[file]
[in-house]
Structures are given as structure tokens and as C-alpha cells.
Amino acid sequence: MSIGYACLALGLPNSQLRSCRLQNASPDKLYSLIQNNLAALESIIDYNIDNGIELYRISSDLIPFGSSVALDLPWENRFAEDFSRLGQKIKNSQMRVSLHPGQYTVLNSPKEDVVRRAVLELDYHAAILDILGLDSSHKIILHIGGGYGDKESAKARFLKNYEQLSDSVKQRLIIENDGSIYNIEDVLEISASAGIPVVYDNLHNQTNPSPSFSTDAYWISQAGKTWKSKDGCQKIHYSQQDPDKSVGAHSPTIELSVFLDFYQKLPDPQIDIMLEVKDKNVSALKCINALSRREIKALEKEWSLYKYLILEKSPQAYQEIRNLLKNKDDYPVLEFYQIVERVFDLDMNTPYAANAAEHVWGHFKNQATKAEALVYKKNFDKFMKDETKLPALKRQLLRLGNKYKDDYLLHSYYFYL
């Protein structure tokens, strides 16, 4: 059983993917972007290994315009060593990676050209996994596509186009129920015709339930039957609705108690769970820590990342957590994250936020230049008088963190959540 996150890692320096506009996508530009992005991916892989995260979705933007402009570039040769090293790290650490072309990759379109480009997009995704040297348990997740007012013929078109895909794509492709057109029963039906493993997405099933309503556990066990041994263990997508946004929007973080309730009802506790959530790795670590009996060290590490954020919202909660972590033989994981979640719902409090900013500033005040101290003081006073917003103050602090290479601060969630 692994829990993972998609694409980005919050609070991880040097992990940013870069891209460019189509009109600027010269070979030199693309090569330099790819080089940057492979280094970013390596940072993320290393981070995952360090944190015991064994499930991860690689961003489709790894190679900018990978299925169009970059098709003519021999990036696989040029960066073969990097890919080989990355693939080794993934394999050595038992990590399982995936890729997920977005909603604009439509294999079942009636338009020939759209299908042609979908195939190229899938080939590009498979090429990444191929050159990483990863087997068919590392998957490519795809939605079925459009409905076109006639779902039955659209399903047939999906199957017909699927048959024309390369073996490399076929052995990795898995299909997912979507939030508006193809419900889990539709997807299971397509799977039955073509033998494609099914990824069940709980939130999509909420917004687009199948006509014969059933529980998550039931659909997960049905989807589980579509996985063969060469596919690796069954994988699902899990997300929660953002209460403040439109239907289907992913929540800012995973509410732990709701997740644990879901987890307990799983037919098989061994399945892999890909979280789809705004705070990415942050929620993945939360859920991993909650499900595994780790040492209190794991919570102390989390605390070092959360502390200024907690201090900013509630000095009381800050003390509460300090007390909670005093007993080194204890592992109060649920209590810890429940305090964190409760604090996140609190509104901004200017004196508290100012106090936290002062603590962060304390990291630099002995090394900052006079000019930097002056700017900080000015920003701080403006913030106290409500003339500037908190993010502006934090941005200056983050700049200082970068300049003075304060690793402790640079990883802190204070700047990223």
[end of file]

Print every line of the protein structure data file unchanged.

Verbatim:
[in-house]
Structures are given as structure tokens and as C-alpha cells.
Amino acid sequence: MSIGYACLALGLPNSQLRSCRLQNASPDKLYSLIQNNLAALESIIDYNIDNGIELYRISSDLIPFGSSVALDLPWENRFAEDFSRLGQKIKNSQMRVSLHPGQYTVLNSPKEDVVRRAVLELDYHAAILDILGLDSSHKIILHIGGGYGDKESAKARFLKNYEQLSDSVKQRLIIENDGSIYNIEDVLEISASAGIPVVYDNLHNQTNPSPSFSTDAYWISQAGKTWKSKDGCQKIHYSQQDPDKSVGAHSPTIELSVFLDFYQKLPDPQIDIMLEVKDKNVSALKCINALSRREIKALEKEWSLYKYLILEKSPQAYQEIRNLLKNKDDYPVLEFYQIVERVFDLDMNTPYAANAAEHVWGHFKNQATKAEALVYKKNFDKFMKDETKLPALKRQLLRLGNKYKDDYLLHSYYFYL
């Protein structure tokens, strides 16, 4: 059983993917972007290994315009060593990676050209996994596509186009129920015709339930039957609705108690769970820590990342957590994250936020230049008088963190959540 996150890692320096506009996508530009992005991916892989995260979705933007402009570039040769090293790290650490072309990759379109480009997009995704040297348990997740007012013929078109895909794509492709057109029963039906493993997405099933309503556990066990041994263990997508946004929007973080309730009802506790959530790795670590009996060290590490954020919202909660972590033989994981979640719902409090900013500033005040101290003081006073917003103050602090290479601060969630 692994829990993972998609694409980005919050609070991880040097992990940013870069891209460019189509009109600027010269070979030199693309090569330099790819080089940057492979280094970013390596940072993320290393981070995952360090944190015991064994499930991860690689961003489709790894190679900018990978299925169009970059098709003519021999990036696989040029960066073969990097890919080989990355693939080794993934394999050595038992990590399982995936890729997920977005909603604009439509294999079942009636338009020939759209299908042609979908195939190229899938080939590009498979090429990444191929050159990483990863087997068919590392998957490519795809939605079925459009409905076109006639779902039955659209399903047939999906199957017909699927048959024309390369073996490399076929052995990795898995299909997912979507939030508006193809419900889990539709997807299971397509799977039955073509033998494609099914990824069940709980939130999509909420917004687009199948006509014969059933529980998550039931659909997960049905989807589980579509996985063969060469596919690796069954994988699902899990997300929660953002209460403040439109239907289907992913929540800012995973509410732990709701997740644990879901987890307990799983037919098989061994399945892999890909979280789809705004705070990415942050929620993945939360859920991993909650499900595994780790040492209190794991919570102390989390605390070092959360502390200024907690201090900013509630000095009381800050003390509460300090007390909670005093007993080194204890592992109060649920209590810890429940305090964190409760604090996140609190509104901004200017004196508290100012106090936290002062603590962060304390990291630099002995090394900052006079000019930097002056700017900080000015920003701080403006913030106290409500003339500037908190993010502006934090941005200056983050700049200082970068300049003075304060690793402790640079990883802190204070700047990223």